Systems that remain infected with the Code Red worm are scheduled to launch another round of distributed denial-of-service attacks (DDOS) against the White House Web server Sunday, but the FBI said the threat posed to the Internet by the upcoming attack “is significantly reduced.”
Since first coming to the public’s attention July 19, the Code Red worm managed to infect hundreds of thousands of systems running Microsoft Corp.’s Internet Information Services (IIS) software. And while officials acknowledged that thousands of system administrators failed to heed the warnings and install the patch that Microsoft had made available in June, the FBI now says that enough systems have been patched that the potential for a widespread slow down of Internet traffic is minimal.
“Because of the rapid response from the public, industry and infrastructure providers to mitigate the potential for damage from this worm, the threat posed by the upcoming attack is significantly reduced,” the FBI’s National Infrastructure Protection Center (NIPC) said in a statement yesterday.
Despite the reduced threat, the NIPC continues to urge all users of Windows 2000 Professional, Server and Advanced Server and Windows NT Server to download and install the available patches prior to the Sunday 8 p.m. eastern deadline.
The latest NIPC assessment also clarified a misunderstanding about the software that remains vulnerable to the Code Red II worm. Discovered during the first week of August, the Code Red II worm increased the potential for damage by installing a backdoor on every system it infected. Although initial press coverage warned of vulnerabilities in Microsoft Personal Web Server (PWS) software running on Windows 2000, the NIPC and Microsoft have now ruled that out.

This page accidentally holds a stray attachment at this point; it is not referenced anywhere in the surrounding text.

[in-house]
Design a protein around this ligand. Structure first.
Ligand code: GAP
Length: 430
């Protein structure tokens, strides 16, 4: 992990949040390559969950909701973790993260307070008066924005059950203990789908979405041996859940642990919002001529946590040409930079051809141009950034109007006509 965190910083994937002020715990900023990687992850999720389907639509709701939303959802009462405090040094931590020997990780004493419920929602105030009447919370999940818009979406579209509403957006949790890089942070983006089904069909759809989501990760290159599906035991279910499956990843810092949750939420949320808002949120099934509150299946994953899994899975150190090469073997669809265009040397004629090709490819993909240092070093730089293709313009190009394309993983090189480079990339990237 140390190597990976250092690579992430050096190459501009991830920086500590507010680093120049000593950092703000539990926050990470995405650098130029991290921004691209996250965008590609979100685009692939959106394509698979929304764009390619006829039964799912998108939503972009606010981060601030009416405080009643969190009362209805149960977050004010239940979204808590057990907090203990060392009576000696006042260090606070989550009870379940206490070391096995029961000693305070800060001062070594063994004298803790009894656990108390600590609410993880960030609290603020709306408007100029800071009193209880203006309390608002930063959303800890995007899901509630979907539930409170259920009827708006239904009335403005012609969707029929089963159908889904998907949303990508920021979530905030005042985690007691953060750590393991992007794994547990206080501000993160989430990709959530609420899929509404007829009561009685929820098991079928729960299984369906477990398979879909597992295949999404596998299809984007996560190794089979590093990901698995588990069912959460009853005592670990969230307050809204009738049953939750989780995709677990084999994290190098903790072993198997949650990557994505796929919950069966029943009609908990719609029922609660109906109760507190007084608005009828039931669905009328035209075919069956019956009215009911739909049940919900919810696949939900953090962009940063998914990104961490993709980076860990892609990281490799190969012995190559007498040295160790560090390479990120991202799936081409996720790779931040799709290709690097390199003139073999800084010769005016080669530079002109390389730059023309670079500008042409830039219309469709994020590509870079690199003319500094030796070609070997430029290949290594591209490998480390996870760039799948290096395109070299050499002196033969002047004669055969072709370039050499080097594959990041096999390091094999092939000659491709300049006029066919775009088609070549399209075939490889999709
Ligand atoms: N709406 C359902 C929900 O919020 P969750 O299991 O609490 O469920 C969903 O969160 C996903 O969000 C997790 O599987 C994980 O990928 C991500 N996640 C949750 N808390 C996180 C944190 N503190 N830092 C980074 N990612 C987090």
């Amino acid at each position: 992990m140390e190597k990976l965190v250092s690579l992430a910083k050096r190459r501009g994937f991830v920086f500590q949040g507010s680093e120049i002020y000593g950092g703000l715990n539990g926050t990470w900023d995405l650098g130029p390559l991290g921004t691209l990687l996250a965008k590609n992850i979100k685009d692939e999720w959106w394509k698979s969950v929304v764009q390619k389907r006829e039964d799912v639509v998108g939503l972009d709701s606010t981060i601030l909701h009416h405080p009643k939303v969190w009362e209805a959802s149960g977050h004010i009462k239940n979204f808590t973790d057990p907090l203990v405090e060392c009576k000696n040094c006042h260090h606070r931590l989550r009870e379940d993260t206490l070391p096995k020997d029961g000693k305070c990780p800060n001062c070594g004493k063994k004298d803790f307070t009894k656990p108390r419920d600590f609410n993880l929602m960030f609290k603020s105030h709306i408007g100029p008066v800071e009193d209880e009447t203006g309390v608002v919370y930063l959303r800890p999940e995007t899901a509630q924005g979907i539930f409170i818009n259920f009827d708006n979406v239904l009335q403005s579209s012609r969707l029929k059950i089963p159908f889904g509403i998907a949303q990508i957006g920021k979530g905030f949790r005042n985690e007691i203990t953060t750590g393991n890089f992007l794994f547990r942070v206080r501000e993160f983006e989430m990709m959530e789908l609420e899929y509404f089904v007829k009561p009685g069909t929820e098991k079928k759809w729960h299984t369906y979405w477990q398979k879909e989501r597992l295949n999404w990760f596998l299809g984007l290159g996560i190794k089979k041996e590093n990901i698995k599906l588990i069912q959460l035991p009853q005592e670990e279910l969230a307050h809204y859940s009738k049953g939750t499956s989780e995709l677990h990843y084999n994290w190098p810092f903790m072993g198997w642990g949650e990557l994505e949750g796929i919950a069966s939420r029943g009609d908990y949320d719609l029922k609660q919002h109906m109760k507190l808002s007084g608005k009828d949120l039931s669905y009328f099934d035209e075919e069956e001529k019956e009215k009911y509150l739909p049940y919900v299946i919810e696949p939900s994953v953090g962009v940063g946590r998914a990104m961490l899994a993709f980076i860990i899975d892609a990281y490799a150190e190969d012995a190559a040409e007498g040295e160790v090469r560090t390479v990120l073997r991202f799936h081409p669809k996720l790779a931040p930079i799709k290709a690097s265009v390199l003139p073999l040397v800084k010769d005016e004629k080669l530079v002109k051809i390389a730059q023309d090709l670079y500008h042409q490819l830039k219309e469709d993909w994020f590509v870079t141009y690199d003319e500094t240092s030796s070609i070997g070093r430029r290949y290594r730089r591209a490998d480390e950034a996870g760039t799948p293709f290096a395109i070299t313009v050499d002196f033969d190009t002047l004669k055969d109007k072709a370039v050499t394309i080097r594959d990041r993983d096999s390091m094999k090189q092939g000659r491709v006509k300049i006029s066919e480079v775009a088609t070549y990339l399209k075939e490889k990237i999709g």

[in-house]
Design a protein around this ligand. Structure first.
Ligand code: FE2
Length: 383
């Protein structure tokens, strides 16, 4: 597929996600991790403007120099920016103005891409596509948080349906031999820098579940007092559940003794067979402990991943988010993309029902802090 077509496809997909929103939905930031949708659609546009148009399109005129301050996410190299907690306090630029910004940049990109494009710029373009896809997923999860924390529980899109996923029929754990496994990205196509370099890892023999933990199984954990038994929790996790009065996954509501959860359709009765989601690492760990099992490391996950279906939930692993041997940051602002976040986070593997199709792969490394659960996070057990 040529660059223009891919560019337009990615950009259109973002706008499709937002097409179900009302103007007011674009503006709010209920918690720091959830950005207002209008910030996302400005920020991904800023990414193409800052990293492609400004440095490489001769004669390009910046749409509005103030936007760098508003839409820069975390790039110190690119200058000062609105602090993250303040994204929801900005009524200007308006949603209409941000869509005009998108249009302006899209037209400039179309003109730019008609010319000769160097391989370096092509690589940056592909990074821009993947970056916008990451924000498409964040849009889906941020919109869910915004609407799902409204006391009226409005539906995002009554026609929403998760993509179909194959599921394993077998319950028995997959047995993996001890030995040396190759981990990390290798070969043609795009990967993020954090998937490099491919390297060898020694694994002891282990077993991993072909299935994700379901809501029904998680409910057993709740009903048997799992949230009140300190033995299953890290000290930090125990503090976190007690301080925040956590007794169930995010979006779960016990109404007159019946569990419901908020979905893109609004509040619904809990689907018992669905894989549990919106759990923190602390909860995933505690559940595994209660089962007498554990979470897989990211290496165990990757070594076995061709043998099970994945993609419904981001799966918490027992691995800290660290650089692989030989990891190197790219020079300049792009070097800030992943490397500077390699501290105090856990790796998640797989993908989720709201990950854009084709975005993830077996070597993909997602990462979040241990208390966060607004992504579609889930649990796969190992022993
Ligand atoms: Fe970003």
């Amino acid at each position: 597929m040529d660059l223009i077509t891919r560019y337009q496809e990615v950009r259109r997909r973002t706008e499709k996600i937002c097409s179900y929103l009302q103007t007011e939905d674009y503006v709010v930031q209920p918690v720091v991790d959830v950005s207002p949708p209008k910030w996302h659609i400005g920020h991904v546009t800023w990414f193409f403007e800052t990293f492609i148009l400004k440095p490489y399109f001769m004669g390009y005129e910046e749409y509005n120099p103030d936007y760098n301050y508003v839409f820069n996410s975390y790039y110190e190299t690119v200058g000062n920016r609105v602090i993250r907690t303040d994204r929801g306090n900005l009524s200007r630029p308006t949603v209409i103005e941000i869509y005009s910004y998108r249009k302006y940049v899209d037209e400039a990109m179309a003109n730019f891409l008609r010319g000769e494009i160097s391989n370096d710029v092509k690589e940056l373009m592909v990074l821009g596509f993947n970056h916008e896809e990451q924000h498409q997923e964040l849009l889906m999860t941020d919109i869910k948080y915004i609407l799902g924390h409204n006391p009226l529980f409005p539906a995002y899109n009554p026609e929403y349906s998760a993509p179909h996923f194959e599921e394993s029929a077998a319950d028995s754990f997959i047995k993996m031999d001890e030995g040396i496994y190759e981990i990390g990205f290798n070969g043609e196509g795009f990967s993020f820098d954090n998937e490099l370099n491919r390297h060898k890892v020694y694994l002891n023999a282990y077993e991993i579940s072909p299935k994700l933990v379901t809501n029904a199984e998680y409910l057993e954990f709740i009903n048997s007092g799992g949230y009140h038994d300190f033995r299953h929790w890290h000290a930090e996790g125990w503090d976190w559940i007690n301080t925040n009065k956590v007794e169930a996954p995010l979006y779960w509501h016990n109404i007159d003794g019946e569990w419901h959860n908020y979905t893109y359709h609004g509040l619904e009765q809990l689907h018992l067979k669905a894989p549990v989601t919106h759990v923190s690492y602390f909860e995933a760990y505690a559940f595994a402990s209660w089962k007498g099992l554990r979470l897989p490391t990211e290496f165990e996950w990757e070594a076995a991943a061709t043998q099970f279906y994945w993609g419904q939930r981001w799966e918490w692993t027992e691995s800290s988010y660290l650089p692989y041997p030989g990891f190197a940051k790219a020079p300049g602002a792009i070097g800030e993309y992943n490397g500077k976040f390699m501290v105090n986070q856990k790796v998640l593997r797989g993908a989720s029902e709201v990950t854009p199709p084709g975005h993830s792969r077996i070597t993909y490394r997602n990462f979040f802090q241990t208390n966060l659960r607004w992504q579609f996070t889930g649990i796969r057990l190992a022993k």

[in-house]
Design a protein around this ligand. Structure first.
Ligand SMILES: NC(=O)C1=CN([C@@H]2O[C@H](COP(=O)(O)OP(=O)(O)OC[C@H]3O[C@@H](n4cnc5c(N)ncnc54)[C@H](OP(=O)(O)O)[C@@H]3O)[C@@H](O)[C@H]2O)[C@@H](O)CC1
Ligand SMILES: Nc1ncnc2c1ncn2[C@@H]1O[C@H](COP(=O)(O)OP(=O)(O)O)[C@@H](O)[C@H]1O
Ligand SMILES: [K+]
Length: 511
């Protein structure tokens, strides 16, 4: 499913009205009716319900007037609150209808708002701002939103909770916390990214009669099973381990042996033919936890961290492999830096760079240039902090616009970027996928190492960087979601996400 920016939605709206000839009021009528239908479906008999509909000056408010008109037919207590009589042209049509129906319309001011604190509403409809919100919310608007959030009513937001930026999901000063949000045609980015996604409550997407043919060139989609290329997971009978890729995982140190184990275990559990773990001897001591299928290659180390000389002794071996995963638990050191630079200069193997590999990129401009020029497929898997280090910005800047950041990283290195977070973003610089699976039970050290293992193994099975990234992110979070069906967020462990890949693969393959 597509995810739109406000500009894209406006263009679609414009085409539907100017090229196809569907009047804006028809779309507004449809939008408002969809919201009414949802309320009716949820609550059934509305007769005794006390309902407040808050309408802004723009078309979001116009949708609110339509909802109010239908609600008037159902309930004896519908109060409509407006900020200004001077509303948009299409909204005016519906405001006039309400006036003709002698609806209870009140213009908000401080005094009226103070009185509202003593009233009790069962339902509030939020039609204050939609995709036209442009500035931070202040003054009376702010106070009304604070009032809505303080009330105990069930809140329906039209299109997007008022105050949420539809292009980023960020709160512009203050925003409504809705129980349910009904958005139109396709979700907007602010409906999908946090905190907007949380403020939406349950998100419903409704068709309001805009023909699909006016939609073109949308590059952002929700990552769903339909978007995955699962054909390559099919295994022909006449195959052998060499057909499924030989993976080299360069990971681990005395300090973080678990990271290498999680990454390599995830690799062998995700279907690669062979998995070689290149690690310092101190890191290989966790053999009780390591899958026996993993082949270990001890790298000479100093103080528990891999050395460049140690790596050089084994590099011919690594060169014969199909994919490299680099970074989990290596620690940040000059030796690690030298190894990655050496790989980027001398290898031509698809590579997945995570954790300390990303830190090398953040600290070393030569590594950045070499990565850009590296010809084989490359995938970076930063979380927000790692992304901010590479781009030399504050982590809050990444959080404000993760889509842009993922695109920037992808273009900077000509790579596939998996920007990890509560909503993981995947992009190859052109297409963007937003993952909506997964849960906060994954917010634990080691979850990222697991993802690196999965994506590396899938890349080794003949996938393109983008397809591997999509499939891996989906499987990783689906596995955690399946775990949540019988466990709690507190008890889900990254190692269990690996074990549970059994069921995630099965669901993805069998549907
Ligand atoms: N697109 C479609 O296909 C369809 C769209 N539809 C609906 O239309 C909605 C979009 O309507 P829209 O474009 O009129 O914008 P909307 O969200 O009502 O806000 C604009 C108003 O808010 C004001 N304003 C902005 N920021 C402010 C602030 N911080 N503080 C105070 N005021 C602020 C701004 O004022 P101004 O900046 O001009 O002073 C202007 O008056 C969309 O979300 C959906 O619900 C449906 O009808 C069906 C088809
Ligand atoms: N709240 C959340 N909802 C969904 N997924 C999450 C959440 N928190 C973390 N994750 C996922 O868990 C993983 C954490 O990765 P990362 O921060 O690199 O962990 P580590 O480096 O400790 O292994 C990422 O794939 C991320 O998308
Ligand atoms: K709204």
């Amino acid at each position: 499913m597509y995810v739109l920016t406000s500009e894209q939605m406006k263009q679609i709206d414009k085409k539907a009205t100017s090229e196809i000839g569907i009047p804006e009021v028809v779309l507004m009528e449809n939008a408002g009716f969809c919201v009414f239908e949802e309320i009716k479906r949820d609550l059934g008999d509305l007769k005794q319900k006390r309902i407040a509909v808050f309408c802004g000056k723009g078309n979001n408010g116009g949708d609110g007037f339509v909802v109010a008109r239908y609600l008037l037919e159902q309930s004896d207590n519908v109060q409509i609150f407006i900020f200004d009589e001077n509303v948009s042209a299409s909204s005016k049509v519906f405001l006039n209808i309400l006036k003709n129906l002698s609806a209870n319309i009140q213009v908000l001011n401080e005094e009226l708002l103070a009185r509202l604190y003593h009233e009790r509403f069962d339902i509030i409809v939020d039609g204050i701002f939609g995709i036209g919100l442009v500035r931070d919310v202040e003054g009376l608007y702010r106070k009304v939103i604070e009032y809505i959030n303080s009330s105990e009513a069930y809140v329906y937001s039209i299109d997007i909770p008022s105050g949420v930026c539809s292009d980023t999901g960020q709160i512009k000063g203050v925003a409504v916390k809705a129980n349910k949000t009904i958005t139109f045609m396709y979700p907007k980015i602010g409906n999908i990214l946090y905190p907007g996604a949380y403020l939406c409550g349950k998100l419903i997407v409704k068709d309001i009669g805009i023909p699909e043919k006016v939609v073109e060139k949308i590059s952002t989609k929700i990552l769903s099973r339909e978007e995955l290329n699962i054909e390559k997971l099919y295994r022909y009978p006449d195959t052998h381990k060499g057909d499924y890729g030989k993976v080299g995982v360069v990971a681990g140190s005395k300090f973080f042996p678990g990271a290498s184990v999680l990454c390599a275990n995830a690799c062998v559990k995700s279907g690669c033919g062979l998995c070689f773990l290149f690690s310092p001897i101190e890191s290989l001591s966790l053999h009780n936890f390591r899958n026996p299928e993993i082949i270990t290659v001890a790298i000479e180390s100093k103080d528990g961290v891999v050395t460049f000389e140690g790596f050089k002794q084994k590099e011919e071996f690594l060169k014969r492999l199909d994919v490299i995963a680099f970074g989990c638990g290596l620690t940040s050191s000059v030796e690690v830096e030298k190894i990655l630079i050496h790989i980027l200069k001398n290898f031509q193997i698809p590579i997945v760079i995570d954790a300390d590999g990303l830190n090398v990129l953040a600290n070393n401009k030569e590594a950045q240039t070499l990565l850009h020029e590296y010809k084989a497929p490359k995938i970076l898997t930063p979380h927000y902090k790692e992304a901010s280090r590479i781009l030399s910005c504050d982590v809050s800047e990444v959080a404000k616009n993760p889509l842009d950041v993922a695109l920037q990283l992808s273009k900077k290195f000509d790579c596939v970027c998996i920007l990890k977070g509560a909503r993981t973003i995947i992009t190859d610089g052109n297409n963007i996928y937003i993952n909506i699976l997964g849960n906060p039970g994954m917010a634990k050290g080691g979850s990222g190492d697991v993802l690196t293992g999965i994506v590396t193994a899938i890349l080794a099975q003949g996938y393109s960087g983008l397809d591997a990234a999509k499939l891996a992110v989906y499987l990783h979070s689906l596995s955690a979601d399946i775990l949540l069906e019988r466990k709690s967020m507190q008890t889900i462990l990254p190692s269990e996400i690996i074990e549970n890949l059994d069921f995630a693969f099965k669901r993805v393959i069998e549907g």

“PWS, however, is compatible only with Windows 95/98/ME and Windows NT Workstation; it does not run on Windows 2000 Professional,” the NIPC assessment stated. “This misunderstanding ostensibly stems from a documentation error in Windows 2000 Professional help which refers to the integrated Web server as ‘Peer Web Services (PWS),’ rather than by its correct designation of IIS 5.0.”
Still, if users are operating the Web server running on a Windows 2000 Professional system, the system remains vulnerable to the Code Red and Code Red II worms, “and must be immediately patched,” the NIPC warned.
On Wednesday, Microsoft announced two new security tools aimed at improving the download and distribution rate of security patches. Microsoft teamed with Shavlik Technologies LLC to create two free tools, HFNetChk and Microsoft Personal Security Advisor (MPSA), which are designed to help system administrators identify and obtain the patches they need. HFNetChk is designed for corporate networks and MPSA is for home users and small businesses.
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